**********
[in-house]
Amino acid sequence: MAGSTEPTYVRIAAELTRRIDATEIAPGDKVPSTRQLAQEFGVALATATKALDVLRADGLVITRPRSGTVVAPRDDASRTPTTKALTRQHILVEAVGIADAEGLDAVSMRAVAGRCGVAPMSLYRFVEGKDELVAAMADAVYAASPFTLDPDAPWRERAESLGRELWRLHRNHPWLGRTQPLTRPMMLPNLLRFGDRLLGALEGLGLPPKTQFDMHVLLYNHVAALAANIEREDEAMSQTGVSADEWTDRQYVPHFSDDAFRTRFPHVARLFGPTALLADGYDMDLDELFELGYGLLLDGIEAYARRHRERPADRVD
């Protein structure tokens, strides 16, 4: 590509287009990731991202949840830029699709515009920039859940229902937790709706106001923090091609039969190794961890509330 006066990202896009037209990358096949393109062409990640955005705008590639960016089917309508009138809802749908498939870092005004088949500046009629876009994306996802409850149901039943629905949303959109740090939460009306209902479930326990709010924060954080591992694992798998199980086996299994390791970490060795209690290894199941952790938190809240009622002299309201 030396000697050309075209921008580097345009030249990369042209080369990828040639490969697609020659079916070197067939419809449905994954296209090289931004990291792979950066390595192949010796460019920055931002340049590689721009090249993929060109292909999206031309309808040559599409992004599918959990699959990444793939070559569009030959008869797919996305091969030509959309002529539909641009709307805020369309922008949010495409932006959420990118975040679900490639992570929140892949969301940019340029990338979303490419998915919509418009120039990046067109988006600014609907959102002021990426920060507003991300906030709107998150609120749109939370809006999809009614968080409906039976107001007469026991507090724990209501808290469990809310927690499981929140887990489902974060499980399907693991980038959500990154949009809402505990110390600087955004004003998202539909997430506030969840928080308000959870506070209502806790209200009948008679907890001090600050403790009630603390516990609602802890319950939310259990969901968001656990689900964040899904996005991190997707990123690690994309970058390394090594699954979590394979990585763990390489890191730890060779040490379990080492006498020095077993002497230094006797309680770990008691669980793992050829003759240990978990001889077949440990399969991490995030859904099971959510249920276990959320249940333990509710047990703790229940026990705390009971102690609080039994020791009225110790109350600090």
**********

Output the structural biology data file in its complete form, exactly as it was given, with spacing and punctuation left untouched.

[in-house]
Amino acid sequence: MAGSTEPTYVRIAAELTRRIDATEIAPGDKVPSTRQLAQEFGVALATATKALDVLRADGLVITRPRSGTVVAPRDDASRTPTTKALTRQHILVEAVGIADAEGLDAVSMRAVAGRCGVAPMSLYRFVEGKDELVAAMADAVYAASPFTLDPDAPWRERAESLGRELWRLHRNHPWLGRTQPLTRPMMLPNLLRFGDRLLGALEGLGLPPKTQFDMHVLLYNHVAALAANIEREDEAMSQTGVSADEWTDRQYVPHFSDDAFRTRFPHVARLFGPTALLADGYDMDLDELFELGYGLLLDGIEAYARRHRERPADRVD
């Protein structure tokens, strides 16, 4: 590509287009990731991202949840830029699709515009920039859940229902937790709706106001923090091609039969190794961890509330 006066990202896009037209990358096949393109062409990640955005705008590639960016089917309508009138809802749908498939870092005004088949500046009629876009994306996802409850149901039943629905949303959109740090939460009306209902479930326990709010924060954080591992694992798998199980086996299994390791970490060795209690290894199941952790938190809240009622002299309201 030396000697050309075209921008580097345009030249990369042209080369990828040639490969697609020659079916070197067939419809449905994954296209090289931004990291792979950066390595192949010796460019920055931002340049590689721009090249993929060109292909999206031309309808040559599409992004599918959990699959990444793939070559569009030959008869797919996305091969030509959309002529539909641009709307805020369309922008949010495409932006959420990118975040679900490639992570929140892949969301940019340029990338979303490419998915919509418009120039990046067109988006600014609907959102002021990426920060507003991300906030709107998150609120749109939370809006999809009614968080409906039976107001007469026991507090724990209501808290469990809310927690499981929140887990489902974060499980399907693991980038959500990154949009809402505990110390600087955004004003998202539909997430506030969840928080308000959870506070209502806790209200009948008679907890001090600050403790009630603390516990609602802890319950939310259990969901968001656990689900964040899904996005991190997707990123690690994309970058390394090594699954979590394979990585763990390489890191730890060779040490379990080492006498020095077993002497230094006797309680770990008691669980793992050829003759240990978990001889077949440990399969991490995030859904099971959510249920276990959320249940333990509710047990703790229940026990705390009971102690609080039994020791009225110790109350600090």